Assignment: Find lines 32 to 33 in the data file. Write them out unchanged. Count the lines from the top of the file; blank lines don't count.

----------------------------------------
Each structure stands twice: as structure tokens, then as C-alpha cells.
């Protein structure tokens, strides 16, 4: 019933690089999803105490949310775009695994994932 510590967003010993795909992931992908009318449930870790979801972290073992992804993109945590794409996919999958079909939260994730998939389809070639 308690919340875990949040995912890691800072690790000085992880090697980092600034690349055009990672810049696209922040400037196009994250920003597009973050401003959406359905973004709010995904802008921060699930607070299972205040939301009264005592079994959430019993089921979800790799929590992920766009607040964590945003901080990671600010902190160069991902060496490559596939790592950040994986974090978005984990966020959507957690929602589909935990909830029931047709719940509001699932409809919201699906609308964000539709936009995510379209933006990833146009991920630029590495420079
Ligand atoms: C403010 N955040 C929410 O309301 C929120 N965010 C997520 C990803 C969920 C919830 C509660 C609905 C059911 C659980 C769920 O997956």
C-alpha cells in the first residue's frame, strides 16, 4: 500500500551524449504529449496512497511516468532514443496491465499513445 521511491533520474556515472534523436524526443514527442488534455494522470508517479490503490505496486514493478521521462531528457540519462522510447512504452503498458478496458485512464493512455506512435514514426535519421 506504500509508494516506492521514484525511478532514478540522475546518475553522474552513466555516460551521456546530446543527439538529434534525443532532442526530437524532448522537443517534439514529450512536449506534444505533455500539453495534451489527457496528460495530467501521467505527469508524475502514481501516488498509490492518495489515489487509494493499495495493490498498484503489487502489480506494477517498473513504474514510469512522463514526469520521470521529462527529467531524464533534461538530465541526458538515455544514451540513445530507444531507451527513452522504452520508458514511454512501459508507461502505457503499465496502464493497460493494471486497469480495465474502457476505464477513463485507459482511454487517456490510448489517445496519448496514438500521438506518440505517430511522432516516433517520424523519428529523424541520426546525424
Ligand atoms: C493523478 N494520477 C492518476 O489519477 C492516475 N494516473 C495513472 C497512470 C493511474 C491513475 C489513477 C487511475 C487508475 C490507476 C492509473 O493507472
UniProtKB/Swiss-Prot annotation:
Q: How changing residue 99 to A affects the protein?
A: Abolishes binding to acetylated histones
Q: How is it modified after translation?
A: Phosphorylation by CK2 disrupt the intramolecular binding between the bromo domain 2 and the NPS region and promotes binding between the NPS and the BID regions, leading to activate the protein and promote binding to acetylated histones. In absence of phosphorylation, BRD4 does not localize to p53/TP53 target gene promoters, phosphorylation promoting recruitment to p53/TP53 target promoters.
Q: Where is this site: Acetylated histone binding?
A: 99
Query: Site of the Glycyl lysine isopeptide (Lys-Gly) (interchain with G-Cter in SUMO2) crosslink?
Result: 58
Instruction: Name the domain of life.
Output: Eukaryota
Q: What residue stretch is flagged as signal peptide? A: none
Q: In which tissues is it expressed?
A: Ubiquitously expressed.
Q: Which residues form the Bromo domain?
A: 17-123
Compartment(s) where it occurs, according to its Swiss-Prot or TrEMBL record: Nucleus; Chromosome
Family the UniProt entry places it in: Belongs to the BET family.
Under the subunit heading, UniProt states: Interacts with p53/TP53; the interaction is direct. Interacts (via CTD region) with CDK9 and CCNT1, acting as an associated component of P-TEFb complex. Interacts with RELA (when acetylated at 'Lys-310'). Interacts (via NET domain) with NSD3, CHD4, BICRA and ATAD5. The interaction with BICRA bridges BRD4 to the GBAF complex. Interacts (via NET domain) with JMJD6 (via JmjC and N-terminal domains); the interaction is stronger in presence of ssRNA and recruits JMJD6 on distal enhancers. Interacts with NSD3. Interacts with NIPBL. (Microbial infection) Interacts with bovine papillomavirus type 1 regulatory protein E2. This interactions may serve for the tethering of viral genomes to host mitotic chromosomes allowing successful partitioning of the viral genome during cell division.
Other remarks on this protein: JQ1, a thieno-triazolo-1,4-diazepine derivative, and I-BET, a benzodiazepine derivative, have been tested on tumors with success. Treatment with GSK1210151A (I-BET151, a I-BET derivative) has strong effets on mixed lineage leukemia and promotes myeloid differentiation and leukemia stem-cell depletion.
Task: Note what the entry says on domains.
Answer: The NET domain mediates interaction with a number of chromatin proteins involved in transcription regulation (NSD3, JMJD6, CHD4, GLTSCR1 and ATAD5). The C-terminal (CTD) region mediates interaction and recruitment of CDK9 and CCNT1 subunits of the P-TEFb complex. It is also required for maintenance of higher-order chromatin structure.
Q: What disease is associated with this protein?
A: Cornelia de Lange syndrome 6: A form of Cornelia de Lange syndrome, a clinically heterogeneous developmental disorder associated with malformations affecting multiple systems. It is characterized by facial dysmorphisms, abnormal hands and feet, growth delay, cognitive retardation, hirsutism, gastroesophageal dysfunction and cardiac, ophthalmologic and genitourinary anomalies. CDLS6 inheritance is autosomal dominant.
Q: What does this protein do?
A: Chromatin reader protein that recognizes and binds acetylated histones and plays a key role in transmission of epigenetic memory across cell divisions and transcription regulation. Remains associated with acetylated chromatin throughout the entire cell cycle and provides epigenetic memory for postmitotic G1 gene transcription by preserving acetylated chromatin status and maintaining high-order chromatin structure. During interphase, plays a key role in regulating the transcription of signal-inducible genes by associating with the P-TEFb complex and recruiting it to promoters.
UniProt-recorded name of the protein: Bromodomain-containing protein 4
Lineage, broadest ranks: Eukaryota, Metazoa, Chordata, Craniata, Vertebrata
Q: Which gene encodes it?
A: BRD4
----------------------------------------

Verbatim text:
UniProt-recorded name of the protein: Bromodomain-containing protein 4
Lineage, broadest ranks: Eukaryota, Metazoa, Chordata, Craniata, Vertebrata